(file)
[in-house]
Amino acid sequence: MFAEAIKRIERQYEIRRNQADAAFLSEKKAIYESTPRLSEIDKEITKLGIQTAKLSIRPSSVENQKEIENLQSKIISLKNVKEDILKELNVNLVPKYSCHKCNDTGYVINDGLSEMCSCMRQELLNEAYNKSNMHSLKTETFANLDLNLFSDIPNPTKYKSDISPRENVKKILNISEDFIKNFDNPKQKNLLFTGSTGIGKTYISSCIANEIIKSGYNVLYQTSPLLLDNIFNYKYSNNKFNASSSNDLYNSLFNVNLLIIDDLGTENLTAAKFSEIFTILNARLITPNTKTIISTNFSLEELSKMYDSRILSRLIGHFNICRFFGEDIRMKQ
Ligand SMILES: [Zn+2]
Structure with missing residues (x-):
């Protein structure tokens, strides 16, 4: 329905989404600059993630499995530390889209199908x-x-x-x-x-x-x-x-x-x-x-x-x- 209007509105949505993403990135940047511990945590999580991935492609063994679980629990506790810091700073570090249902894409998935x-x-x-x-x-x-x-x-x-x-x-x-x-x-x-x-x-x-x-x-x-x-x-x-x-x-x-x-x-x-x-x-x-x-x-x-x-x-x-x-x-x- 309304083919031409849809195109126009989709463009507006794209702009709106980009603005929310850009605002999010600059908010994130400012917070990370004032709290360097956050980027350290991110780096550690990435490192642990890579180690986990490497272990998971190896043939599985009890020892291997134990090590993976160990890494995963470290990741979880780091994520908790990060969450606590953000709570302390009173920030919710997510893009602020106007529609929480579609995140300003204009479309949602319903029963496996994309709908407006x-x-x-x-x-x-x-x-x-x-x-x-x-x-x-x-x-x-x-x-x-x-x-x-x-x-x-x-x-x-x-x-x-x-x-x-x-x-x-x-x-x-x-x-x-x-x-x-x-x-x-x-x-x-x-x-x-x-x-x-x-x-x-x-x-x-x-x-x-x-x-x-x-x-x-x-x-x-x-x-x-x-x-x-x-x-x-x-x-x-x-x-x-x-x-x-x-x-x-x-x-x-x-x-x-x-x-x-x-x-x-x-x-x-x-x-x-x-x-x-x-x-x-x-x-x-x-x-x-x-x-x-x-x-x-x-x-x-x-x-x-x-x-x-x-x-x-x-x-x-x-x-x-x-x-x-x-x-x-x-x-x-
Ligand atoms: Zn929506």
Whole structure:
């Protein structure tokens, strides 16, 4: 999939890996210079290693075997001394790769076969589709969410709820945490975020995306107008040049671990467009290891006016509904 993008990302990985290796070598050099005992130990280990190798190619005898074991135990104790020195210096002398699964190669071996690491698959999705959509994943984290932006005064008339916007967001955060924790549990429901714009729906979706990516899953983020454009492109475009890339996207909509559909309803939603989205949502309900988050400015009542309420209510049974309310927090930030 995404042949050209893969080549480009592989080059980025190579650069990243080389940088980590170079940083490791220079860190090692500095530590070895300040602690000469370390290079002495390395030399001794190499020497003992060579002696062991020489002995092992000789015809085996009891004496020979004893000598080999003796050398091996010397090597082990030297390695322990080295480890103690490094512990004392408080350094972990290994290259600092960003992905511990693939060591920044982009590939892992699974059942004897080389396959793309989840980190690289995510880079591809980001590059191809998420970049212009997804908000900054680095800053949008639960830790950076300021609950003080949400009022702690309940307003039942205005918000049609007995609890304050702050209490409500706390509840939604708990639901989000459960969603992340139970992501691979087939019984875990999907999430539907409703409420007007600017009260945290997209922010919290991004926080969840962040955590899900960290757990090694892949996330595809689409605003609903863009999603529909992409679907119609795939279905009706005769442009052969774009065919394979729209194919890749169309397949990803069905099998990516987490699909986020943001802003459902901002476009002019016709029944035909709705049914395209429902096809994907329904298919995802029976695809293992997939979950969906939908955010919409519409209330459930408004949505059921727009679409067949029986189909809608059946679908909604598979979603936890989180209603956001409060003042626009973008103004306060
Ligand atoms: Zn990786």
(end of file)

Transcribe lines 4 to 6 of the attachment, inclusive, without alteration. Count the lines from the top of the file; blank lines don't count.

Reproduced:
Structure with missing residues (x-):
């Protein structure tokens, strides 16, 4: 329905989404600059993630499995530390889209199908x-x-x-x-x-x-x-x-x-x-x-x-x- 209007509105949505993403990135940047511990945590999580991935492609063994679980629990506790810091700073570090249902894409998935x-x-x-x-x-x-x-x-x-x-x-x-x-x-x-x-x-x-x-x-x-x-x-x-x-x-x-x-x-x-x-x-x-x-x-x-x-x-x-x-x-x- 309304083919031409849809195109126009989709463009507006794209702009709106980009603005929310850009605002999010600059908010994130400012917070990370004032709290360097956050980027350290991110780096550690990435490192642990890579180690986990490497272990998971190896043939599985009890020892291997134990090590993976160990890494995963470290990741979880780091994520908790990060969450606590953000709570302390009173920030919710997510893009602020106007529609929480579609995140300003204009479309949602319903029963496996994309709908407006x-x-x-x-x-x-x-x-x-x-x-x-x-x-x-x-x-x-x-x-x-x-x-x-x-x-x-x-x-x-x-x-x-x-x-x-x-x-x-x-x-x-x-x-x-x-x-x-x-x-x-x-x-x-x-x-x-x-x-x-x-x-x-x-x-x-x-x-x-x-x-x-x-x-x-x-x-x-x-x-x-x-x-x-x-x-x-x-x-x-x-x-x-x-x-x-x-x-x-x-x-x-x-x-x-x-x-x-x-x-x-x-x-x-x-x-x-x-x-x-x-x-x-x-x-x-x-x-x-x-x-x-x-x-x-x-x-x-x-x-x-x-x-x-x-x-x-x-x-x-x-x-x-x-x-x-x-x-x-x-x-x-
Ligand atoms: Zn929506």